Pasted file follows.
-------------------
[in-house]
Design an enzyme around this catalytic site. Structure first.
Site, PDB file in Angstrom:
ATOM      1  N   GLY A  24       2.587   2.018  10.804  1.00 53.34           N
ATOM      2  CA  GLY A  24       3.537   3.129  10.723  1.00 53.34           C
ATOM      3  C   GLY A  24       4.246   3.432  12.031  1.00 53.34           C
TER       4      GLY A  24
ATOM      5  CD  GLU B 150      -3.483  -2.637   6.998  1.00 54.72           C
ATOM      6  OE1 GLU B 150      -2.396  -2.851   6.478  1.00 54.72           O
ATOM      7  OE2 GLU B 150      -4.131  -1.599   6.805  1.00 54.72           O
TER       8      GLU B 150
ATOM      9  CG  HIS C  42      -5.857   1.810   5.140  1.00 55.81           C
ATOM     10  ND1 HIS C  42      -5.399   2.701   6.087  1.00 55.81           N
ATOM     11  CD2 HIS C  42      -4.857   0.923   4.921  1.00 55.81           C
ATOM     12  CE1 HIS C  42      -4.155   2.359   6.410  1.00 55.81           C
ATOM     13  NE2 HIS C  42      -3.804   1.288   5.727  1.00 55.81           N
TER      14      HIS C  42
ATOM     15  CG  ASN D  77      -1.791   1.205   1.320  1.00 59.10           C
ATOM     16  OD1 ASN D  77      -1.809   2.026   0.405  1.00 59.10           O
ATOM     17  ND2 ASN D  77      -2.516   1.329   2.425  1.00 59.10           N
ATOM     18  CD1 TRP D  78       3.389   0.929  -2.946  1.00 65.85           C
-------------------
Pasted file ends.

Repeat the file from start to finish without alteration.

[in-house]
Design an enzyme around this catalytic site. Structure first.
Site, PDB file in Angstrom:
ATOM      1  N   GLY A  24       2.587   2.018  10.804  1.00 53.34           N
ATOM      2  CA  GLY A  24       3.537   3.129  10.723  1.00 53.34           C
ATOM      3  C   GLY A  24       4.246   3.432  12.031  1.00 53.34           C
TER       4      GLY A  24
ATOM      5  CD  GLU B 150      -3.483  -2.637   6.998  1.00 54.72           C
ATOM      6  OE1 GLU B 150      -2.396  -2.851   6.478  1.00 54.72           O
ATOM      7  OE2 GLU B 150      -4.131  -1.599   6.805  1.00 54.72           O
TER       8      GLU B 150
ATOM      9  CG  HIS C  42      -5.857   1.810   5.140  1.00 55.81           C
ATOM     10  ND1 HIS C  42      -5.399   2.701   6.087  1.00 55.81           N
ATOM     11  CD2 HIS C  42      -4.857   0.923   4.921  1.00 55.81           C
ATOM     12  CE1 HIS C  42      -4.155   2.359   6.410  1.00 55.81           C
ATOM     13  NE2 HIS C  42      -3.804   1.288   5.727  1.00 55.81           N
TER      14      HIS C  42
ATOM     15  CG  ASN D  77      -1.791   1.205   1.320  1.00 59.10           C
ATOM     16  OD1 ASN D  77      -1.809   2.026   0.405  1.00 59.10           O
ATOM     17  ND2 ASN D  77      -2.516   1.329   2.425  1.00 59.10           N
ATOM     18  CD1 TRP D  78       3.389   0.929  -2.946  1.00 65.85           C